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Case study: Climate Smart

Case Studies of Social Innovation and Social Finance in Canada


The existential threat of climate change requires all sectors of the economy to reduce their carbon footprint.  Climate Smart provides easy-to-use technology coupled with training to help small businesses and non-profit organizations track their carbon use and figure out ways to reduce it.  Along the way, many companies see operational savings as well.



Headquarters: Vancouver, B.C.

Climate Smart began in 2007 as a program of Ecotrust Canada with a pilot cohort of ten British Columbia businesses and organizations.  The goal was to test the viability of a service that lowered the financial and technical barriers for small and medium-sized enterprises (SMEs) to take action on climate change. The pilot was generously supported by various foundations and corporations, including the Vancity Community Foundation, Oak Foundation and Mountain Equipment Co-op.  The Pembina Institute and the David Suzuki Foundation were recruited to contribute their content expertise.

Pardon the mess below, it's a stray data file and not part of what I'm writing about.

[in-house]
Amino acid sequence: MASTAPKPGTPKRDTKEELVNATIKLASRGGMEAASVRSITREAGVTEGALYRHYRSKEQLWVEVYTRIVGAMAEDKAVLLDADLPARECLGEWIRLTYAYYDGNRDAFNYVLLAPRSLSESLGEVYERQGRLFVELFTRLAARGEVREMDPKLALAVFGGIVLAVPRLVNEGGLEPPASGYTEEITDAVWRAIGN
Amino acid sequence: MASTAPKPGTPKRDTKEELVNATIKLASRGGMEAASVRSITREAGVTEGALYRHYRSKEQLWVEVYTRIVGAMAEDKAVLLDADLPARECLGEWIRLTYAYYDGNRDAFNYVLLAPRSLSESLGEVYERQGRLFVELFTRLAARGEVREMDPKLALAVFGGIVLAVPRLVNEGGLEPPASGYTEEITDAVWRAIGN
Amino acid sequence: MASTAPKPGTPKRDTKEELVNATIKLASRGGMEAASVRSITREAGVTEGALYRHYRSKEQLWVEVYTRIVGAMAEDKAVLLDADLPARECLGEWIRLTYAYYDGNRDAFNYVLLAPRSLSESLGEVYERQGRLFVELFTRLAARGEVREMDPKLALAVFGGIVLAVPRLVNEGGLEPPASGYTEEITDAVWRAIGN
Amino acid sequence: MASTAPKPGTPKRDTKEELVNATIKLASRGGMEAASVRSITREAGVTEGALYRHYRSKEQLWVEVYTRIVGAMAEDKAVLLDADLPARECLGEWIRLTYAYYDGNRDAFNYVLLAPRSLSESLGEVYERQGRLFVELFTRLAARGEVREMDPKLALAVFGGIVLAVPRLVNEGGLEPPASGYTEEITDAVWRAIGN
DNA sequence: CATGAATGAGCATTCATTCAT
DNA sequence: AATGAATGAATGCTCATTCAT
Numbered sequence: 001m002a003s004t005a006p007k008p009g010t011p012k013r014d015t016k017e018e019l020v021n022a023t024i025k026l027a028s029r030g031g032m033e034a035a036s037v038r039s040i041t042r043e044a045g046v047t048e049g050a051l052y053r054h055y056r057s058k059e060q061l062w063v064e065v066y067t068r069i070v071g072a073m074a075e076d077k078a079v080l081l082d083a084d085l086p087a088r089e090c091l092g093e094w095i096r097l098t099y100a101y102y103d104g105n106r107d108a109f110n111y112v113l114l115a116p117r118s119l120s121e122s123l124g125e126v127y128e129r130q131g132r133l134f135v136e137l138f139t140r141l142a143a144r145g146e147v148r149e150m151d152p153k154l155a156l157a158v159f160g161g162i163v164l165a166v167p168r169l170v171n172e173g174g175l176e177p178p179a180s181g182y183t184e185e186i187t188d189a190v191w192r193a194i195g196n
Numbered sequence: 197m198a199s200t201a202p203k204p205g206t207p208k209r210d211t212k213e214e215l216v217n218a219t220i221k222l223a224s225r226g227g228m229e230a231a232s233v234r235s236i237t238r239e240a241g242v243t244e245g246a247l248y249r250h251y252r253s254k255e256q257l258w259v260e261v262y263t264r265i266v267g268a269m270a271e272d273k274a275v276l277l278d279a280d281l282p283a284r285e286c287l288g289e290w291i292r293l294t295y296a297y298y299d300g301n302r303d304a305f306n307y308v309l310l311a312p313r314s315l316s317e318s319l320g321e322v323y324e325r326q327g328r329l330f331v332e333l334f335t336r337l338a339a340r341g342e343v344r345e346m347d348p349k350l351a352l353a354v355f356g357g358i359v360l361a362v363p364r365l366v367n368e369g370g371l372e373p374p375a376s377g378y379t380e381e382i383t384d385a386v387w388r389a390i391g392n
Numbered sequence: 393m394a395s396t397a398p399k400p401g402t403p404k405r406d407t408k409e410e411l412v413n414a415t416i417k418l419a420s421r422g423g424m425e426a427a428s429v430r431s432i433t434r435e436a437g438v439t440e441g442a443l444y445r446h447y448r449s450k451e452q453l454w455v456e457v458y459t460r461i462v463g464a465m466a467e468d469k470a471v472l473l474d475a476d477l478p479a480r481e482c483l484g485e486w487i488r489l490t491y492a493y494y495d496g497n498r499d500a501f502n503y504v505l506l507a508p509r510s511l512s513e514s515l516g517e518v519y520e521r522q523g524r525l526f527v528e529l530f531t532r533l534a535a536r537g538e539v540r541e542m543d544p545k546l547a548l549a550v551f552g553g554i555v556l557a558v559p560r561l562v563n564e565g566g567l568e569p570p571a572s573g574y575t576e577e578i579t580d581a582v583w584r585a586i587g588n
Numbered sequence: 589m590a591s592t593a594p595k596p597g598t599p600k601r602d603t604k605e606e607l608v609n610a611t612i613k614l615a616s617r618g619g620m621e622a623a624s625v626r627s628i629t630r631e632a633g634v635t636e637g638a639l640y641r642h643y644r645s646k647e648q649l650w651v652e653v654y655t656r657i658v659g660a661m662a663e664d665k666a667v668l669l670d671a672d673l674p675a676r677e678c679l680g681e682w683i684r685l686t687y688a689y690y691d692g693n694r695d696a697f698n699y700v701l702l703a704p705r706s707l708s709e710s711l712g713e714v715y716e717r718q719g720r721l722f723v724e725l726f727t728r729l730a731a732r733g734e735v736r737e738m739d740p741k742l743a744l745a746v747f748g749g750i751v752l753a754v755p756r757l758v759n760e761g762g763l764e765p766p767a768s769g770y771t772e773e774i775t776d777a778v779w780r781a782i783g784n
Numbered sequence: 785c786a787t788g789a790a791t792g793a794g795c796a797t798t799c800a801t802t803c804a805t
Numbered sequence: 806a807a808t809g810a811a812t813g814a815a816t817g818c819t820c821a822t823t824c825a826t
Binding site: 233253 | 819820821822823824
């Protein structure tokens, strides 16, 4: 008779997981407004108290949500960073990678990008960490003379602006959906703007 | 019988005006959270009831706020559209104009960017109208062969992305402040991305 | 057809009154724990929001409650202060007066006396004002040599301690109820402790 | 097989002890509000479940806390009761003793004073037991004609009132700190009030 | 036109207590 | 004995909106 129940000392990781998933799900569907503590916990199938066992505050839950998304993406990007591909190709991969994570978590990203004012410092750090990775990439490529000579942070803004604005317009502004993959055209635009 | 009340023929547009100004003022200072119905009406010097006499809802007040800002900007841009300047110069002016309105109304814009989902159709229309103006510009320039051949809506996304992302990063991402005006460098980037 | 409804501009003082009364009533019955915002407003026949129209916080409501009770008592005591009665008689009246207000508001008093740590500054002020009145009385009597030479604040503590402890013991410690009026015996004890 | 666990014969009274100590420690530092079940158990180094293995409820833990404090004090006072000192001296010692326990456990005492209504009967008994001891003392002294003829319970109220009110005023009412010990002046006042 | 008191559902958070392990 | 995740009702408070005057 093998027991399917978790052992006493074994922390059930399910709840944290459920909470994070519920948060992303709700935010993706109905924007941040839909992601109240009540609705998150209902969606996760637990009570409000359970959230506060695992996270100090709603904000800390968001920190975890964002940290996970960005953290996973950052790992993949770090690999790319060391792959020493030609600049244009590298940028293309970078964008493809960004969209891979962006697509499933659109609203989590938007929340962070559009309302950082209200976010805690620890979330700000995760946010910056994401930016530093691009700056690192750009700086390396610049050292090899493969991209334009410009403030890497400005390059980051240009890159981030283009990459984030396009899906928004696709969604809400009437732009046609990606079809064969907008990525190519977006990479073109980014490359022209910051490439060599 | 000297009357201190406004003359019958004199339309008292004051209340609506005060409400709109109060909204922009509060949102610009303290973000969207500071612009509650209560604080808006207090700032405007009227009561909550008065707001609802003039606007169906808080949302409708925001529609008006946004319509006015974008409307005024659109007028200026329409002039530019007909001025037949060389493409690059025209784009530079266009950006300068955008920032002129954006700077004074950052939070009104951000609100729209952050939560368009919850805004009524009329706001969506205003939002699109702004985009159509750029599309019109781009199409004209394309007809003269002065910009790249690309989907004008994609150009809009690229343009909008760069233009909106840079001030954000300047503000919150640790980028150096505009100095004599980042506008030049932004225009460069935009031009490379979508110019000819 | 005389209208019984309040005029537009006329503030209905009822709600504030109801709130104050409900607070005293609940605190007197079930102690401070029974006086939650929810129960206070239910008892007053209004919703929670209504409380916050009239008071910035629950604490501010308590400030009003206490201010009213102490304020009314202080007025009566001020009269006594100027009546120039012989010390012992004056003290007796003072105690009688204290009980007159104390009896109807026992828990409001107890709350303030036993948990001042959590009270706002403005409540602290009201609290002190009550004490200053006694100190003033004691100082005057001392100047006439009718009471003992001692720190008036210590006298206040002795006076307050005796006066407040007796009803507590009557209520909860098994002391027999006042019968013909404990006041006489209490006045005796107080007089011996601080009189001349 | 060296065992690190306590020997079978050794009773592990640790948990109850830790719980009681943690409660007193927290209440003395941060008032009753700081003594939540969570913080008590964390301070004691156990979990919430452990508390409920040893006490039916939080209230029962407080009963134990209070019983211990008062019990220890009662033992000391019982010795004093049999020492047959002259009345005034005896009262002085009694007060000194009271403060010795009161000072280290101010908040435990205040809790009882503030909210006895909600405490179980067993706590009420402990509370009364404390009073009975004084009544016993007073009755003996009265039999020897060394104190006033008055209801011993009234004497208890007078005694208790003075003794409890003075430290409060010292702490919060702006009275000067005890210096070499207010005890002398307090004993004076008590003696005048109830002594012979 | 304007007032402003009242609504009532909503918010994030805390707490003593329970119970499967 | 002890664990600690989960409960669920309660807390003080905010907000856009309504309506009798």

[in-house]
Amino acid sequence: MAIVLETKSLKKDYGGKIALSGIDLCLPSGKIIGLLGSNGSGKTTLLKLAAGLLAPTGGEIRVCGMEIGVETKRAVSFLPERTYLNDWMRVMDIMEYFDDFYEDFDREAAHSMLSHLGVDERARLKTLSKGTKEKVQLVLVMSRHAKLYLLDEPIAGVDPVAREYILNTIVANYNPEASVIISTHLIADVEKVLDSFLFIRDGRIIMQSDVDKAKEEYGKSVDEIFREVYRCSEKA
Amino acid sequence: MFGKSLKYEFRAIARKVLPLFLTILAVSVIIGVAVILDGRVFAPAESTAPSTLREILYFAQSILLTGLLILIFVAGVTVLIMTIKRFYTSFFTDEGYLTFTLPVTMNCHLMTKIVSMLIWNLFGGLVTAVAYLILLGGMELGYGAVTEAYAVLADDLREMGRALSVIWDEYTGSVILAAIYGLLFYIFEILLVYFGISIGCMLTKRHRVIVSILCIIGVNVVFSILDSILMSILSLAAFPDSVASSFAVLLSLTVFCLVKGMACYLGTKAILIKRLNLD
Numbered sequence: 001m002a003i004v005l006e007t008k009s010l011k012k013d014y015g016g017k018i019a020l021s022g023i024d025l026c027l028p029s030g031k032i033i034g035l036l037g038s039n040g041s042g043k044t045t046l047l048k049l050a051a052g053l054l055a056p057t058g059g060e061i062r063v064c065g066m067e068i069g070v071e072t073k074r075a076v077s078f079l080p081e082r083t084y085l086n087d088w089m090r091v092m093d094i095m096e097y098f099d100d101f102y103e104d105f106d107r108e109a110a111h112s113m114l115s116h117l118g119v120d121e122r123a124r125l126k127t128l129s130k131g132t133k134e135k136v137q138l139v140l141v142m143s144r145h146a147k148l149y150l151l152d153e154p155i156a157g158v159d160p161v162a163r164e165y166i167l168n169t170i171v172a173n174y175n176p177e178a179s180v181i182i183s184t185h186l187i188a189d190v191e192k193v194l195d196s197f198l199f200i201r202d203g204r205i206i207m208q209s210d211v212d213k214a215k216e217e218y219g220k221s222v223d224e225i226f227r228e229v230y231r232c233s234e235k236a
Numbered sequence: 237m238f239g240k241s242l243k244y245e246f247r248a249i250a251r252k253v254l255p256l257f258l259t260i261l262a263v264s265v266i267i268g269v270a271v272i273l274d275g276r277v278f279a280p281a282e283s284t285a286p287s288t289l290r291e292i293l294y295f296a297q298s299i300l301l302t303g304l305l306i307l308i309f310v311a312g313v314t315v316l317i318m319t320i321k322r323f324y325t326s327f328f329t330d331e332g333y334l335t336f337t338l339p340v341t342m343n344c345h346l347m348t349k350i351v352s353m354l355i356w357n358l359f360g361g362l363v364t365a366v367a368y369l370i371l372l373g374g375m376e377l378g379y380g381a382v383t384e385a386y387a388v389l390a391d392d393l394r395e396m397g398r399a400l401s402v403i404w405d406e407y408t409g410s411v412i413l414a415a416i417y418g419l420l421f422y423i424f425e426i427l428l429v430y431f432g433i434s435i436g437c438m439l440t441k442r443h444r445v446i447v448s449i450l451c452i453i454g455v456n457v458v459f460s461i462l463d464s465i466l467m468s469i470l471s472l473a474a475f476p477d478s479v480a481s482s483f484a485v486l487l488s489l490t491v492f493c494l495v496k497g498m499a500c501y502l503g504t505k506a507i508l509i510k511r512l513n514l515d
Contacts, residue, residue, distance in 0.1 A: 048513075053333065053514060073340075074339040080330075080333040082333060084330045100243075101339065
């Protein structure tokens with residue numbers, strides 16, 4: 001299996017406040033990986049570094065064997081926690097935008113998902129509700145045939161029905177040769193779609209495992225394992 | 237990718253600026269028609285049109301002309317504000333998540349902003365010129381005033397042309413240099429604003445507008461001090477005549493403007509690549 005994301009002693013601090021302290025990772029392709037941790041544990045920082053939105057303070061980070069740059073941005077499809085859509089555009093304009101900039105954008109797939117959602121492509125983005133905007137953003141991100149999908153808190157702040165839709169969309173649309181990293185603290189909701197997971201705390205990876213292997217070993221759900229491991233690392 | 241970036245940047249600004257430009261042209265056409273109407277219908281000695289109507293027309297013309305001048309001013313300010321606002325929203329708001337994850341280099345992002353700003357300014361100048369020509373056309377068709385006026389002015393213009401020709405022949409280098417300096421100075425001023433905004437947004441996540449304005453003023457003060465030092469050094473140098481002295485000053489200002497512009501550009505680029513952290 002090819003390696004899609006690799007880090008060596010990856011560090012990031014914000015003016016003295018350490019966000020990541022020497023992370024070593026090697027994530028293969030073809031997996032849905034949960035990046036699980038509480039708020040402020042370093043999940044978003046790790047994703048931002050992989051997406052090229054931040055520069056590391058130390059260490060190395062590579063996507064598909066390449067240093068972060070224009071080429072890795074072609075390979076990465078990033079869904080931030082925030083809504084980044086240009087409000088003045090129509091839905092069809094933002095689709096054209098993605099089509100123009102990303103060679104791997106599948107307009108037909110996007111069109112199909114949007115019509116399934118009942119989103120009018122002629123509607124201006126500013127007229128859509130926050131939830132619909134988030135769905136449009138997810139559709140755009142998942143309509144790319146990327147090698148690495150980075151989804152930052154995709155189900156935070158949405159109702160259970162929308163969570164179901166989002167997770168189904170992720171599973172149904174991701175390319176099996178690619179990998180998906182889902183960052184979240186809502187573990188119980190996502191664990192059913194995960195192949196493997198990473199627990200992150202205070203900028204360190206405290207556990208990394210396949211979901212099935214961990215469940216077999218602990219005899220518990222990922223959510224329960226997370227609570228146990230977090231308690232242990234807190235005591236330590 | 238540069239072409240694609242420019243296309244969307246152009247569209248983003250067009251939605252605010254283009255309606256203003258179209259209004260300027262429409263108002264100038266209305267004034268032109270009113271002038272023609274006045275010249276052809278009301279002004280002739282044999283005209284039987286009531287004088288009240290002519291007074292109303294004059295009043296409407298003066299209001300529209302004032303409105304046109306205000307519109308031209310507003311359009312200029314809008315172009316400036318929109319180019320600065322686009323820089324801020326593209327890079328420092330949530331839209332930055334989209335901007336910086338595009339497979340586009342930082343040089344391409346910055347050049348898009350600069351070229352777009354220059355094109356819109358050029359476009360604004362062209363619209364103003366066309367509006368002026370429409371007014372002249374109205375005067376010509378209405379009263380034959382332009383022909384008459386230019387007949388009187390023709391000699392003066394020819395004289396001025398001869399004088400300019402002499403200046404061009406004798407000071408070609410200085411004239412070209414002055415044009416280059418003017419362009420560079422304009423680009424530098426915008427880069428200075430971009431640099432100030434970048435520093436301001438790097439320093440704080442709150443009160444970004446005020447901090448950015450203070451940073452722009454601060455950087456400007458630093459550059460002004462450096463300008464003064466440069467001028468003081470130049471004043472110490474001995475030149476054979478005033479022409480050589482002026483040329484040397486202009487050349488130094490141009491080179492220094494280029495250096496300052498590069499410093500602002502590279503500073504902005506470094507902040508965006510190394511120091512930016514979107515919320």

In early spring 2009, Climate Smart was incorporated as a social enterprise owned by Ecotrust Canada.  In 2010, Climate Smart launched the first municipally supported climate change program designed specifically for the local SME business community.

On the technology front, the Climate Smart web-based software is custom built to serve private sector businesses and non-profit organizations, and is maintained in-house. It is designed as a software tool that is user-friendly yet rigorous. It was ranked the #1 software solution for SMEs in an independent study by Carbonzero and was granted honourable mention in the 2010 Globe Award for Excellence in Emerging Technology by the Globe Foundation.